#writephoto: Judgement

Sue’s #writephoto prompt fits exactly what I’m writing at the moment. It might not make perfect sense, but it’s uncanny how well the image fits the story.

Screen Shot 2019-05-23 at 14.40.18

The garth is quiet even though the walls are crumbling and cannot keep the normal hubbub of the city out. The old church will never receive the repairs it needs; Riseárd has decided to pull it down and placate Archbishop Ó Tuathail by building a new one. The noises of the city are attenuated here because the mood is sombre. Samhain is close and although the Archbishop will have the cathedral glittering with candles, everyone knows what the candles signify, and it has nothing to do with commemorating dead saints. This year there will be three souls wandering the streets either seeking their way home, or seeking revenge.

She treads the old stones slowly, pensively. What she did, she believes was the right thing. Executions were rare. What was the point of killing a man when you could use his life to make amends for what he had done? Was it not better to give a woman a bond slave to do her husband’s work in his place, rather than the ephemeral satisfaction of seeing his head separated from his body?

She kicks a stone moodily. All of this, she knows. And also that she has ordered the execution of three countrymen because they attempted to reverse a defeat. Was that not what happened in wars? Was it reasonable to treat it as treachery? She kicks the same stone again into a pile of leaves. The faces of the men pass behind her eyes. Dónal’s men. She has to remind herself into whose hands they would have handed the city. Her brother’s. She knows her brother and his black heart better than any of them.

A slight noise from the open doorway makes her turn. A boy, slender and dark is standing there. He almost turns and runs away but she calls to him.

“Is is me you are looking for, Muiris? I promised you some entertainment and I grew distracted. Forgive me.”

The boy’s eyes widen. “Forgive you? Are you not going to have me killed like…”

“Did I not tell you no harm would be done you?” She hardens her voice. “You are a hostage, not a criminal?”

“And I am Muiris Mac Domhnall Cavanagh.”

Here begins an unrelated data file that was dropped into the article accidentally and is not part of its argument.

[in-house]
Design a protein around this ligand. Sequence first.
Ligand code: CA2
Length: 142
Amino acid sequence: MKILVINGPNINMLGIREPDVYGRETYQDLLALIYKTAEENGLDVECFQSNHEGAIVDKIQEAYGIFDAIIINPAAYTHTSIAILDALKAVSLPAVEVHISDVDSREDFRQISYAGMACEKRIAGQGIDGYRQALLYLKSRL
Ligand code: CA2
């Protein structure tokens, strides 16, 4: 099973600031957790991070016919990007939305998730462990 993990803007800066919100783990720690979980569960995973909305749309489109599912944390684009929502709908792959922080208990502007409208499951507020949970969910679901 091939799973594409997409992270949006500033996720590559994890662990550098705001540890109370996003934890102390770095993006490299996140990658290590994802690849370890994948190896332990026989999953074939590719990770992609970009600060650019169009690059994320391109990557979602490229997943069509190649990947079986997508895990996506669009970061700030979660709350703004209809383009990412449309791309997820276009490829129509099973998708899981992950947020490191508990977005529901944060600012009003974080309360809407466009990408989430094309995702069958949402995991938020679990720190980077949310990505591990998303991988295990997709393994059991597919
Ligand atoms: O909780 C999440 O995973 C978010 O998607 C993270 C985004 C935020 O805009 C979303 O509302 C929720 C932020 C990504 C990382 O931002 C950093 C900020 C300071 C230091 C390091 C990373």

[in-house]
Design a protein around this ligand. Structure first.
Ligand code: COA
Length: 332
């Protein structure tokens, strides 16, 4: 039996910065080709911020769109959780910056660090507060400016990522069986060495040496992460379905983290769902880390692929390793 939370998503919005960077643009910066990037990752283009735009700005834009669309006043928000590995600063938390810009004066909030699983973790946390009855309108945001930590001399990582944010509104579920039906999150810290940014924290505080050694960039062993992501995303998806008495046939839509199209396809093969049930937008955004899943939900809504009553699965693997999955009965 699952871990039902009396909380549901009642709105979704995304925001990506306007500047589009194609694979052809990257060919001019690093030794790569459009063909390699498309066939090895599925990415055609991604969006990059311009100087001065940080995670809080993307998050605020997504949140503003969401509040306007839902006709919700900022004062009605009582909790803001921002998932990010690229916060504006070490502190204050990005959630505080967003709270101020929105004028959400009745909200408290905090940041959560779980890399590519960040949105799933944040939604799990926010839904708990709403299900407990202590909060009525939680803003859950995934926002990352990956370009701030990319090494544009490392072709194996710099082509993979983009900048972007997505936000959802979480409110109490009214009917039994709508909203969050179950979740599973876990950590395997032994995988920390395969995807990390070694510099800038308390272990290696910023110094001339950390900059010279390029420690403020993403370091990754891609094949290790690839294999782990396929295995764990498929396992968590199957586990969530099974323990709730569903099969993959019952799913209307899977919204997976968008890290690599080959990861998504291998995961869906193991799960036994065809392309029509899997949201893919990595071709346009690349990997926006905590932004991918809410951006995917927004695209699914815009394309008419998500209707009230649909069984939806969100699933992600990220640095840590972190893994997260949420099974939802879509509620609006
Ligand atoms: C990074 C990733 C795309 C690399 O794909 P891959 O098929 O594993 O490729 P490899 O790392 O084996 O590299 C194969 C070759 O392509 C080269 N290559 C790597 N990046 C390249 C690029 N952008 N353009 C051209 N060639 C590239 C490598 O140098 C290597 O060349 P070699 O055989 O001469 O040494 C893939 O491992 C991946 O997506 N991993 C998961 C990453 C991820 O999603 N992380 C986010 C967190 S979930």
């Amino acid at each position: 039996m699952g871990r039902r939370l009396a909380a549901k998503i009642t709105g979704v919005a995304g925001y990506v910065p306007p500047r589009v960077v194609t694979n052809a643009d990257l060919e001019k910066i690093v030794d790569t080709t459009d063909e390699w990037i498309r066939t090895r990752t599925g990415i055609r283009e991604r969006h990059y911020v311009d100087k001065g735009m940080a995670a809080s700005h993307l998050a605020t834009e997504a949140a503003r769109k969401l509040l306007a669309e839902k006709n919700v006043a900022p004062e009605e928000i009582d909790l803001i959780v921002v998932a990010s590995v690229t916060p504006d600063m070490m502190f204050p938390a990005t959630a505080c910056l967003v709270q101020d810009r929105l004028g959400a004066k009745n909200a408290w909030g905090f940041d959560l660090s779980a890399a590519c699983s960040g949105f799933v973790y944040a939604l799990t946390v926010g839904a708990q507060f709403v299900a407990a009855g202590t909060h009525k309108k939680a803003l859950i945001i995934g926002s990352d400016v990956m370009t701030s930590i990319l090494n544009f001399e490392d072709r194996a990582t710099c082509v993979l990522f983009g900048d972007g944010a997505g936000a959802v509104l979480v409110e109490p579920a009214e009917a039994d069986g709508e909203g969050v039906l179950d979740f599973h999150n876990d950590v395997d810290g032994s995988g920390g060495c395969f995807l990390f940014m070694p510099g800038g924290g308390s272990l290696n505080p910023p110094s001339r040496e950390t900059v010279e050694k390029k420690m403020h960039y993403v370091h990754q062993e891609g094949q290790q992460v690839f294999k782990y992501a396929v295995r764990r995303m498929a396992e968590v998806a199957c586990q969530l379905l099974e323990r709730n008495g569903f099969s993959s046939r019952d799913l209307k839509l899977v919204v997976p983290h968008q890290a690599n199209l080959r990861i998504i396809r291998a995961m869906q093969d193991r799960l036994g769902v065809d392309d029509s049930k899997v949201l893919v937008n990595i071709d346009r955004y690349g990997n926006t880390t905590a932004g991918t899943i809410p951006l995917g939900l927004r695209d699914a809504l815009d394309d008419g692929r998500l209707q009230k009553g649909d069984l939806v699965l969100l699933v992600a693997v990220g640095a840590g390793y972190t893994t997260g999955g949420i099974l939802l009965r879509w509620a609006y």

“You are his son and I am his sister. Neither of us can help the blood we are born with. You are a child and no one will harm you while I am mistress here.”

He steps out into the autumn light. His fingers twist around his belt, nervously. He looks about as if expecting a trap. “You killed your countrymen and you married a gall. You have taken the part of the grey foreigners against your own people.”

Her patience snaps. Muiris might be only a lad of twelve, but his education in manners and in his family history is long overdue. “Your grandfather gave me to the gall. It was none of my choice, just as it was not of your choice to follow your father into a stupid skirmish that left too many men dead. Our countrymen, little nephew, wanted neither your father nor your grandfather as king. They have not stopped fighting over it these twenty years. Your kin, Muiris Mac Domhnall, killed his own father and blinded his brother. He tried to give his sister in exchange for the kingship and he killed his uncle when the clan chose him instead. Did he never tell you about how he betrayed his High King and his uncle Murchad to the galls? Did he never tell you his part in ending the siege of Dublin?”

The boy shakes his head miserably. “I didn’t believe that part when you told the judges, and I still don’t believe you,” he says, but his eyes say otherwise. She says no more and he lowers the eyes, dark as his father’s and brimming with tears. She puts a hand on his shoulder. He flinches and she feels him tremble.

“Come back with me and I will find you a book or two. You have the look of a scholar.”

He raises his head in surprise and she smiles. “I doubt your father ever indulged that quality, but you are not in your father’s house any more. And I will give you a master to teach you how to fight. A man must be able to defend himself, to defeat his enemies and show clemency when it is the better part. Will that please you?”

He nods, unsure. Looking around for the trap again.

“I will do something for you, nephew, that your father never will. I will teach you to be a man.”

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Jane Dougherty

I used to do lots of things I didn't much enjoy. Now I am officially a writer. It's what I always wanted to be.

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